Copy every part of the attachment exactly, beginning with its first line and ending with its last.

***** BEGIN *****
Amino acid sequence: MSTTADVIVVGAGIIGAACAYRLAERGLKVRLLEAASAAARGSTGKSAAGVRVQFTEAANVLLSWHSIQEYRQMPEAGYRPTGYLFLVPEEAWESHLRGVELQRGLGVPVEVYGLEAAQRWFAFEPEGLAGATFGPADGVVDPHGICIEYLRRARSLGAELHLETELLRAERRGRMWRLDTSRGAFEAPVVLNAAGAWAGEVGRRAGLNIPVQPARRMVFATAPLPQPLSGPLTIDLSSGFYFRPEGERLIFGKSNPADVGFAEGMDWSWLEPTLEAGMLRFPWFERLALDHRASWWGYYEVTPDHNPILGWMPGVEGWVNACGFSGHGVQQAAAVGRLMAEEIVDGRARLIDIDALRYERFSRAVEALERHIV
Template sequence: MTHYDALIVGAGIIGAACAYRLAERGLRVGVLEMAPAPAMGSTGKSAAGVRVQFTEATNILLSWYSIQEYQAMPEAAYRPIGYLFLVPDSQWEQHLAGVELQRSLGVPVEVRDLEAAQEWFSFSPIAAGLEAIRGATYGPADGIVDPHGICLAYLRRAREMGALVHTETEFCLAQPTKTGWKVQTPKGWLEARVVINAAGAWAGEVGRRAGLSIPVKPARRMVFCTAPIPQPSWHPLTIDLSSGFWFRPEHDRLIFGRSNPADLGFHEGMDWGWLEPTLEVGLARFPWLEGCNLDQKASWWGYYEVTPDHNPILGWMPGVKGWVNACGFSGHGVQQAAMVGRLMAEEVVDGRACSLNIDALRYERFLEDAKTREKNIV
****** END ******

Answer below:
Amino acid sequence: MSTTADVIVVGAGIIGAACAYRLAERGLKVRLLEAASAAARGSTGKSAAGVRVQFTEAANVLLSWHSIQEYRQMPEAGYRPTGYLFLVPEEAWESHLRGVELQRGLGVPVEVYGLEAAQRWFAFEPEGLAGATFGPADGVVDPHGICIEYLRRARSLGAELHLETELLRAERRGRMWRLDTSRGAFEAPVVLNAAGAWAGEVGRRAGLNIPVQPARRMVFATAPLPQPLSGPLTIDLSSGFYFRPEGERLIFGKSNPADVGFAEGMDWSWLEPTLEAGMLRFPWFERLALDHRASWWGYYEVTPDHNPILGWMPGVEGWVNACGFSGHGVQQAAAVGRLMAEEIVDGRARLIDIDALRYERFSRAVEALERHIV
Template sequence: MTHYDALIVGAGIIGAACAYRLAERGLRVGVLEMAPAPAMGSTGKSAAGVRVQFTEATNILLSWYSIQEYQAMPEAAYRPIGYLFLVPDSQWEQHLAGVELQRSLGVPVEVRDLEAAQEWFSFSPIAAGLEAIRGATYGPADGIVDPHGICLAYLRRAREMGALVHTETEFCLAQPTKTGWKVQTPKGWLEARVVINAAGAWAGEVGRRAGLSIPVKPARRMVFCTAPIPQPSWHPLTIDLSSGFWFRPEHDRLIFGRSNPADLGFHEGMDWGWLEPTLEVGLARFPWLEGCNLDQKASWWGYYEVTPDHNPILGWMPGVKGWVNACGFSGHGVQQAAMVGRLMAEEVVDGRACSLNIDALRYERFLEDAKTREKNIV